Season the oxtails on all sides with generous amounts of salt, ground black pepper and ground cumin.

Dredging oxtail in flour

Dredge the oxtail pieces on some flour.  I find this helps to dry out the pieces, so when you brown them in high temperature oil, it doesn’t splatter.  It also helps to thicken the stew sauce when we add the pieces to the liquids during the braising stage.

Searing oxtail

Heat some olive oil in a dutch oven at high heat, and sear the oxtail pieces on all sides,

Seared oxtails

Until they are golden brown.

Let oxtails rest

Once browned, remove them from the heat and set aside to rest.

Preparing the stew:

Sauteeing refrito

In the same dutch oven where the oxtail were seared, add 1 cup of the refrito and sautee in medium heat for a few minutes.  Stir around to combine the refrito with the pan drippings.

Seasoning refrito

Sautee the refrito with salt, ground pepper and ground cumin to taste.

Adding ground achiote

Add 1/4 tsp. of ground achiote powder for coloring.  Stir to combine.

Adding mirepoix

Add the mirepoix to the pot, which consists of 2 medium sized carrots, 2 stalks of celery and 1 cup of chopped yellow onions.  Stir to incorporate all the flavors.

Adding garlic cloves

Add three whole garlic cloves to the vegetables and stir.

Adding oxtail back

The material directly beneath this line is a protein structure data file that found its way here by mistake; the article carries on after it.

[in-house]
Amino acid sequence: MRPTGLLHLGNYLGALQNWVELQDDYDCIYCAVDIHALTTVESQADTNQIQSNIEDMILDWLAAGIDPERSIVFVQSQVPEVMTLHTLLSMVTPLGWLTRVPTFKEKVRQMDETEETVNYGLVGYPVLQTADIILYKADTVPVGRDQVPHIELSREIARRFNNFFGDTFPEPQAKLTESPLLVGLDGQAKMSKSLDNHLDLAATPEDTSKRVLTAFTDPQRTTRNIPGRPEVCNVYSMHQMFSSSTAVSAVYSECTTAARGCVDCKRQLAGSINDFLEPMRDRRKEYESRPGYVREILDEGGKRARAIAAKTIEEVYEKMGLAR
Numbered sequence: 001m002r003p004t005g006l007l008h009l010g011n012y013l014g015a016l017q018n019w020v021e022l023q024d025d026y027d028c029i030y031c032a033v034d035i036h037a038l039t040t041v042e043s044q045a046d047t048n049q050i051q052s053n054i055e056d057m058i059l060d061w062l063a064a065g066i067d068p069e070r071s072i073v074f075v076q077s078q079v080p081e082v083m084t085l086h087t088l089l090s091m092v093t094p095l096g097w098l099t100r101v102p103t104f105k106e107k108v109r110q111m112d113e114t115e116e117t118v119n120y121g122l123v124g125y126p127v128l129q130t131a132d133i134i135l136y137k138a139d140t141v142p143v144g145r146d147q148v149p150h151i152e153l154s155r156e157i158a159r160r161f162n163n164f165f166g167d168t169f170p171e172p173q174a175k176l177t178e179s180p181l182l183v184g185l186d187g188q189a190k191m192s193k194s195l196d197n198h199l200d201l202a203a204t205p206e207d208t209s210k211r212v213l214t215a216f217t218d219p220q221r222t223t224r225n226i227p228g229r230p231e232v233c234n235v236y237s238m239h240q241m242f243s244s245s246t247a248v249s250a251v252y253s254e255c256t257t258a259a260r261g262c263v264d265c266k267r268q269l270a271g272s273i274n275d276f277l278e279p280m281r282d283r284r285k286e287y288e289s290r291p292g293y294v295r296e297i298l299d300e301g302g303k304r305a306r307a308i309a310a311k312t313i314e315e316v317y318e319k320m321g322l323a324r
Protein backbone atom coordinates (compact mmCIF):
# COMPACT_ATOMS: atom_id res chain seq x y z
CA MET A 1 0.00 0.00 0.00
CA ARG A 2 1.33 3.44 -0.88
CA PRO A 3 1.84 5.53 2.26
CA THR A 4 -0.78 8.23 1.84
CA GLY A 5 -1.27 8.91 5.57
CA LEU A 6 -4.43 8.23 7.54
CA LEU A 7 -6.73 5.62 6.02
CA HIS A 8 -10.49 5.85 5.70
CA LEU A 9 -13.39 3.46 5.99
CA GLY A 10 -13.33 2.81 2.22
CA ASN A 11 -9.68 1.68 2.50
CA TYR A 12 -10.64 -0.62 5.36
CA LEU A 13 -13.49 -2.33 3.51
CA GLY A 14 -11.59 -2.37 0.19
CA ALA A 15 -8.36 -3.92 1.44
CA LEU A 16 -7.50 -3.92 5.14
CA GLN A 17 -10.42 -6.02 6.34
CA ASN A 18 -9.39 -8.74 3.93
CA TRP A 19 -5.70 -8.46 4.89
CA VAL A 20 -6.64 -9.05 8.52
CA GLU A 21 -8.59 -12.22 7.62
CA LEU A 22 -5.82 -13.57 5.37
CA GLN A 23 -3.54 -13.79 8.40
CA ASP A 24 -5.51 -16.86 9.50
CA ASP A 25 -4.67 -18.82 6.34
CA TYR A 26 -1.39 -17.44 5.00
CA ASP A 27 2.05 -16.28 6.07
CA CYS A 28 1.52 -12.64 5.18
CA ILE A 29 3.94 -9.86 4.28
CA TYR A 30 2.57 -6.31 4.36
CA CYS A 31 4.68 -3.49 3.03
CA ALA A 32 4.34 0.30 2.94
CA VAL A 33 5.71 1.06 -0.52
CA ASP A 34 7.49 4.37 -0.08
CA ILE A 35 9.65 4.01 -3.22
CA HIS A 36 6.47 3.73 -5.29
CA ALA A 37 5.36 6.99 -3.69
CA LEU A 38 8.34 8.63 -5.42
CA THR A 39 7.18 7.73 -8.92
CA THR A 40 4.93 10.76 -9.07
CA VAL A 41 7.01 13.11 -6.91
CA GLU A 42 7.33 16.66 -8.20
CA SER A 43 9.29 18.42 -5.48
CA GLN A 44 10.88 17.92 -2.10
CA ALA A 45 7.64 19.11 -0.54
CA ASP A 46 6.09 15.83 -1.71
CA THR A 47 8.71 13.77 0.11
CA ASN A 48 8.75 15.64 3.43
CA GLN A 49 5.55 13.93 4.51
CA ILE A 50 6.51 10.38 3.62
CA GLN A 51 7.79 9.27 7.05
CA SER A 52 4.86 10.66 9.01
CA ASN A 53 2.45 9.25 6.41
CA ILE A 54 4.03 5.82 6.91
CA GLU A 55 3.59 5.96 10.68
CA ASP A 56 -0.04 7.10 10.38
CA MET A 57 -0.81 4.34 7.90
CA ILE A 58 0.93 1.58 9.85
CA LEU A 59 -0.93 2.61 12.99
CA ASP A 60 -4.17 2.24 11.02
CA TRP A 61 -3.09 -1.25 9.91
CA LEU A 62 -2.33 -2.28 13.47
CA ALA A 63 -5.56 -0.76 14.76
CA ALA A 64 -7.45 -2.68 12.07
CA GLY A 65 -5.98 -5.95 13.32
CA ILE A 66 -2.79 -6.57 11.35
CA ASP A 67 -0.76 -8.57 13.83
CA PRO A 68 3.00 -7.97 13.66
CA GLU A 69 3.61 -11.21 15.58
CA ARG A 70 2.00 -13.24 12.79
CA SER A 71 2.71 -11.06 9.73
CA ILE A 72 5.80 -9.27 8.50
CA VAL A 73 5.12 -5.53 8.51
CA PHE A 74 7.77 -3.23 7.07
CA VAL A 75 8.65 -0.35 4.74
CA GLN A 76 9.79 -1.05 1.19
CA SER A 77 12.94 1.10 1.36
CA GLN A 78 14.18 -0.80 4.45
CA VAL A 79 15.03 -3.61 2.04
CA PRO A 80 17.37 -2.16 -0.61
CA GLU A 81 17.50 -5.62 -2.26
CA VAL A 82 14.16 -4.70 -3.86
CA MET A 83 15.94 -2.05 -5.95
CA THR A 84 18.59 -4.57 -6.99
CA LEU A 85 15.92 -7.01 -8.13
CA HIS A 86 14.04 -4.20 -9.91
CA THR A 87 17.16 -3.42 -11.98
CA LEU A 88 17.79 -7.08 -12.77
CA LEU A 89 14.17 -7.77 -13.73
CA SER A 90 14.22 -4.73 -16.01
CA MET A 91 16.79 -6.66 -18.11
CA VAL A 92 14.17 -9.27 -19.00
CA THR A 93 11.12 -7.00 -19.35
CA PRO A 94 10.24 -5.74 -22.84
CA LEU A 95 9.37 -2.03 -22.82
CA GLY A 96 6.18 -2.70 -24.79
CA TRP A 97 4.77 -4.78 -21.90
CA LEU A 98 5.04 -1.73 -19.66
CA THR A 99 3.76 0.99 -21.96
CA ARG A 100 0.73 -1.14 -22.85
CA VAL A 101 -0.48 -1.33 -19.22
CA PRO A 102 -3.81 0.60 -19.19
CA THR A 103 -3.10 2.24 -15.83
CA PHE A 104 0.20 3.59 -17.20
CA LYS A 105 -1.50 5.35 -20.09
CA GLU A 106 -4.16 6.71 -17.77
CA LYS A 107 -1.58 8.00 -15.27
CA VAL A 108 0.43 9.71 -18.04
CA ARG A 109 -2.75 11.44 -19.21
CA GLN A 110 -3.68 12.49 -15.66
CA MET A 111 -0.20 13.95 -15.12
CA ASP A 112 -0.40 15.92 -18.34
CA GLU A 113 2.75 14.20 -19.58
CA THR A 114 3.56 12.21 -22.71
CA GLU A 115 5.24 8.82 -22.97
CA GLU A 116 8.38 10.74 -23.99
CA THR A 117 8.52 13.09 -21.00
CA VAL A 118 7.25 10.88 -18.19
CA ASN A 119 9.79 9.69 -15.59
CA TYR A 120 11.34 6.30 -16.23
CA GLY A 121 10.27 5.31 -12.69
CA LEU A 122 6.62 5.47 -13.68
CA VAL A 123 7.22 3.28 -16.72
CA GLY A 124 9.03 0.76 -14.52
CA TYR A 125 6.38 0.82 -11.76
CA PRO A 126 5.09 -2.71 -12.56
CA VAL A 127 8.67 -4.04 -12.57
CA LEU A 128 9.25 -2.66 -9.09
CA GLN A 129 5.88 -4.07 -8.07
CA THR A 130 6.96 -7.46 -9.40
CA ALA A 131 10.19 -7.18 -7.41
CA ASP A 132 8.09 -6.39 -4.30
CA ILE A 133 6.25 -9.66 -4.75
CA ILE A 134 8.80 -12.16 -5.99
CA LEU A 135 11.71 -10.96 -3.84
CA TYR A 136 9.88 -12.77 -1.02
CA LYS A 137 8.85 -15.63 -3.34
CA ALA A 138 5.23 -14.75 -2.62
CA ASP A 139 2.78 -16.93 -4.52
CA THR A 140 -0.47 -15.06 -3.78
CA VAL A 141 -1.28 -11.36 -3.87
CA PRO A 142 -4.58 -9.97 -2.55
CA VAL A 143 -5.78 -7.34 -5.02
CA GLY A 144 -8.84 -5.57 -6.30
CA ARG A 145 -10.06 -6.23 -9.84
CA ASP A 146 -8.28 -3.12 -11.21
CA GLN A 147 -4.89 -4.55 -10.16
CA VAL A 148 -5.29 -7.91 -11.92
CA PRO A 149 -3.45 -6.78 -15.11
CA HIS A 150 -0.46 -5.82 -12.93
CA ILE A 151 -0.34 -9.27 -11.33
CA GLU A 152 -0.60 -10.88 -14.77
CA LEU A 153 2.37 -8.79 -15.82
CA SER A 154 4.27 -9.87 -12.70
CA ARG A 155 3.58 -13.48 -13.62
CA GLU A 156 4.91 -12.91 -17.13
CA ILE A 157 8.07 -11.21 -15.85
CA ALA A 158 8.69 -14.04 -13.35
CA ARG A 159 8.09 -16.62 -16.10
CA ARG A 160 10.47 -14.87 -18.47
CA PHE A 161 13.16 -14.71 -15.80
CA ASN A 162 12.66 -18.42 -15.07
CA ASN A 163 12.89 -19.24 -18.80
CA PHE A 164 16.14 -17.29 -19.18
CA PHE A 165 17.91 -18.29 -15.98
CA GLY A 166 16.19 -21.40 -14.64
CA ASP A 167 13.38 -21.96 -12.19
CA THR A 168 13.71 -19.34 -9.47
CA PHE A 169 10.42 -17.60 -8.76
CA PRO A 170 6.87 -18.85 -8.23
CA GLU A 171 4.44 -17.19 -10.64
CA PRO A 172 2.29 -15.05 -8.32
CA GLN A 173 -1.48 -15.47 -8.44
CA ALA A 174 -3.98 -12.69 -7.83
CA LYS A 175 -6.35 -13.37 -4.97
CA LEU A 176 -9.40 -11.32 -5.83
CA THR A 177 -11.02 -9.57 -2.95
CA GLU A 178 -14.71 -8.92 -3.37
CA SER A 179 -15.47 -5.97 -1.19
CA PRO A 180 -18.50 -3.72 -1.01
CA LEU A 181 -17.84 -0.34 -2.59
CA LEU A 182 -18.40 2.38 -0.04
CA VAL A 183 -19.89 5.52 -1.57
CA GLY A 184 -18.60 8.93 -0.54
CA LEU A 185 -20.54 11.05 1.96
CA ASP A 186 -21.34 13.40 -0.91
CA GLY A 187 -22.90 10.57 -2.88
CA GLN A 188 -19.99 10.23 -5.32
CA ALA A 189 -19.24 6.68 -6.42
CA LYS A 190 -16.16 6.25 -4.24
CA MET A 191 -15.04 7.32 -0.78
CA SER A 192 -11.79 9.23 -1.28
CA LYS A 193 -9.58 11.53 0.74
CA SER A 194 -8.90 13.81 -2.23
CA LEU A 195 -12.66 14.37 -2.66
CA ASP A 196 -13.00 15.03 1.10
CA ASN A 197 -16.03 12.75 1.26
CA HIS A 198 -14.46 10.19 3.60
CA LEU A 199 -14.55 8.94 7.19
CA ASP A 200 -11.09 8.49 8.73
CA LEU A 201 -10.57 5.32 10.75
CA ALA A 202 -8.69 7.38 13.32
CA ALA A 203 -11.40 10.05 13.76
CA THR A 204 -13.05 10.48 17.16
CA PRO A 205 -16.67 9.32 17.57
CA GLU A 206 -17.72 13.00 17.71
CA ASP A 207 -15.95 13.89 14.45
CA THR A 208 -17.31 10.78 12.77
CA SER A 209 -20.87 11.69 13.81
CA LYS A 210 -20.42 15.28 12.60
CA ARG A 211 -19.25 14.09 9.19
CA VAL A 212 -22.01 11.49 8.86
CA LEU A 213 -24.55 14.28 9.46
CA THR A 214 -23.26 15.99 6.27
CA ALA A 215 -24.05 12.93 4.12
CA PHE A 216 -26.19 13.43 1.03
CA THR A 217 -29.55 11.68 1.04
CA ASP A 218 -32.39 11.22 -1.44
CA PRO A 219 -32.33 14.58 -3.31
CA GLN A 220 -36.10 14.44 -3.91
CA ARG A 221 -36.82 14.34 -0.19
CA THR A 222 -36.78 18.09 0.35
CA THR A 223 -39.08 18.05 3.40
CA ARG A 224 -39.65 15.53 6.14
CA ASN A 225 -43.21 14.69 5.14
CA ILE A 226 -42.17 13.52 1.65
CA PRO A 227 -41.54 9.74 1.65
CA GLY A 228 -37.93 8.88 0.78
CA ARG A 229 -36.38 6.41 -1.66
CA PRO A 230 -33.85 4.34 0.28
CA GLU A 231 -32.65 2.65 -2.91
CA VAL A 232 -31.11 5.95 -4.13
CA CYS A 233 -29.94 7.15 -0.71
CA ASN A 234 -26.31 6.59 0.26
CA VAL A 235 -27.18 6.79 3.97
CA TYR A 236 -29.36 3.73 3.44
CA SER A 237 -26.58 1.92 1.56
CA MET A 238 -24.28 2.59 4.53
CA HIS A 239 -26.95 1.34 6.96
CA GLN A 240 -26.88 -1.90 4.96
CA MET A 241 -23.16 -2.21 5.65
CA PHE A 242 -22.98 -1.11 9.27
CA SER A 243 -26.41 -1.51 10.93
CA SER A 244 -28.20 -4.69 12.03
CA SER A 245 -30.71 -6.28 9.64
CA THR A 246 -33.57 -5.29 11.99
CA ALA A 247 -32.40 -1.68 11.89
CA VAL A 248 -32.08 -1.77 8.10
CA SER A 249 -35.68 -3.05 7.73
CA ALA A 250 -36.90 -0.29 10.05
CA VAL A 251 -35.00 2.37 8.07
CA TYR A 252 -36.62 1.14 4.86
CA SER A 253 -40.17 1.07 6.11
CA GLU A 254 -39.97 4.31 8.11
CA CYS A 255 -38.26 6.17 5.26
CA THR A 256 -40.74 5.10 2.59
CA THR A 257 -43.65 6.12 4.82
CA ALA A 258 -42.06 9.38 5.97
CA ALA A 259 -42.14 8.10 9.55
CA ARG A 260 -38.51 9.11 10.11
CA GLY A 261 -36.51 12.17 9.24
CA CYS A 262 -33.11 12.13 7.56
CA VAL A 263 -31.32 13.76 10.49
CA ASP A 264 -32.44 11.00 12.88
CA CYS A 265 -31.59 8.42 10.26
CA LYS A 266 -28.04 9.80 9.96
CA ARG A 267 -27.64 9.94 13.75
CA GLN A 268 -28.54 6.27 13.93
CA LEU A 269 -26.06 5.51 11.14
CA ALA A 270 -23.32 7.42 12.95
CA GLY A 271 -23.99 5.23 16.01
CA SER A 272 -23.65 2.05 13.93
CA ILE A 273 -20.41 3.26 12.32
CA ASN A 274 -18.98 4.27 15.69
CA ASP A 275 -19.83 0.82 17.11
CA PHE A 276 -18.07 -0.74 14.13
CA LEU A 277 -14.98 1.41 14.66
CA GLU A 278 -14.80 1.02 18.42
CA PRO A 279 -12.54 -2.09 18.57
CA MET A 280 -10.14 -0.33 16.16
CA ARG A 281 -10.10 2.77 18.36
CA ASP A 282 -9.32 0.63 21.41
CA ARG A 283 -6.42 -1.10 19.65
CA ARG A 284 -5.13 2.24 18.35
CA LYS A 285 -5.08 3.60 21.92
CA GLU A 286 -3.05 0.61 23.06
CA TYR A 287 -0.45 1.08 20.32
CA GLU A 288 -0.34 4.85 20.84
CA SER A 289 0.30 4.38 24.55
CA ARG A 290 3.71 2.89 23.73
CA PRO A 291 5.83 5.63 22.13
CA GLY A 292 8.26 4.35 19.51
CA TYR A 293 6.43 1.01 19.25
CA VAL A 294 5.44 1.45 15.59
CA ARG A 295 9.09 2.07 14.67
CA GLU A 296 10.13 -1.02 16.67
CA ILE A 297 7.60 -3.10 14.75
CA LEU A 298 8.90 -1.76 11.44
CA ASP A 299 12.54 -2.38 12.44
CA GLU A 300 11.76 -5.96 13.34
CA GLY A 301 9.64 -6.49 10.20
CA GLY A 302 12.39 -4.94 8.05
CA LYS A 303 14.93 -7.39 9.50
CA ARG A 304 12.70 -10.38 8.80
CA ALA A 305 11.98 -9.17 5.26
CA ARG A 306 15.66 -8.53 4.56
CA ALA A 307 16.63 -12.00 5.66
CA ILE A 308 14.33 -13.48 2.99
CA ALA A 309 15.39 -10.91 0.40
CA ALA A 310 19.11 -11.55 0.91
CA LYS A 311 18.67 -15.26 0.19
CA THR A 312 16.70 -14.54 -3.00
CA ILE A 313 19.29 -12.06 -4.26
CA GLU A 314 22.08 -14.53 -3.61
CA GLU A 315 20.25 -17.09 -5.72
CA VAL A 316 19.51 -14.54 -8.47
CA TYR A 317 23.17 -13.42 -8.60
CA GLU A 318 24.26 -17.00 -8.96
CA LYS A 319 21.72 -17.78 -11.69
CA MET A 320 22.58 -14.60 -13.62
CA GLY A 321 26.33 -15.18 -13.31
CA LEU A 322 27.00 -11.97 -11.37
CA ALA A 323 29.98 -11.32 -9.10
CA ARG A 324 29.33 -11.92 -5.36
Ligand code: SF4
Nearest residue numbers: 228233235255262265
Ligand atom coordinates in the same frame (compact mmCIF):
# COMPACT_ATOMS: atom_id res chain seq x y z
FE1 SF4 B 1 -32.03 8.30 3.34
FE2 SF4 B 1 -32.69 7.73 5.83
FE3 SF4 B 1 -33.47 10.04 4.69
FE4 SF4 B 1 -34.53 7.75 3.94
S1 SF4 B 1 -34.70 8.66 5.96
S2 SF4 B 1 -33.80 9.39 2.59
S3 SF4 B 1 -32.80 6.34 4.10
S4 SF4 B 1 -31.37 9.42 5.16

Add the seared oxtail pieces and any juices to the vegetables.

Adding beef stock

To all the vegetables and the oxtail, add 2 cups (16 oz.) of beef stock,

Adding red wine

Followed by 1 cup (8 oz.) of red wine.  A dry, table red wine works great.

Adding bay leaves

For even more flavor, add a couple of bay leaves – I used 2 dry bay leaves,

Adding tomato paste

And 2 tablespoons of tomato paste.  Stir everything.  Bring the stew to a boil.  Then lower the heat to low.  Let the stew simmer for 2.5-3 hours until the meat falls off the bones.

If you like the sauce chunky and love to taste the carrots, celery and onions, you can leave the sauce like it is.  Just remove the bay leaves before serving.  If you like a smoother sauce, which is the way I like it, remove the oxtails from the stew, and transfer the vegetables along with the liquid to a blender.  Blend until smooth.  Return the oxtails back to the stew and maintain warm until ready to serve.

Preparing the grits:

I followed the package directions for cooking grits, with the caveat of adding the refrito as the base.  I used 1 cup of dry grits, which yields ~ 4-5 servings, because I like lots of grits.  So here is what I did:

Sauteeing refrito for grits

In a sauce pan, heat a bit of vegetable oil and 1/4 cup of refrito, along with 1/4 tsp of salt.  Sautee for 3 minutes on medium heat.

Water for grits

Add enough water to cook the 1 cup of dry grits, which according to Quaker Old Fashioned Grits, is 5 cups.  Bring this to a boil.

Adding dry grits

Now add the cup of dry grits,

Whisking grits

And whisk vigorously to combine and thicken the grits.

Cooked grits

Cover and lower the heat to medium low and let the grits simmer for about 15 minutes until some of the liquid has evaporated.  Grits will be creamy and not dry.  You should be able to ladle them on your bowl – kind of like runny mashed potatoes.  Once the grits set, they usually congeal.  They sometimes remind me of jello shots – without the vodka.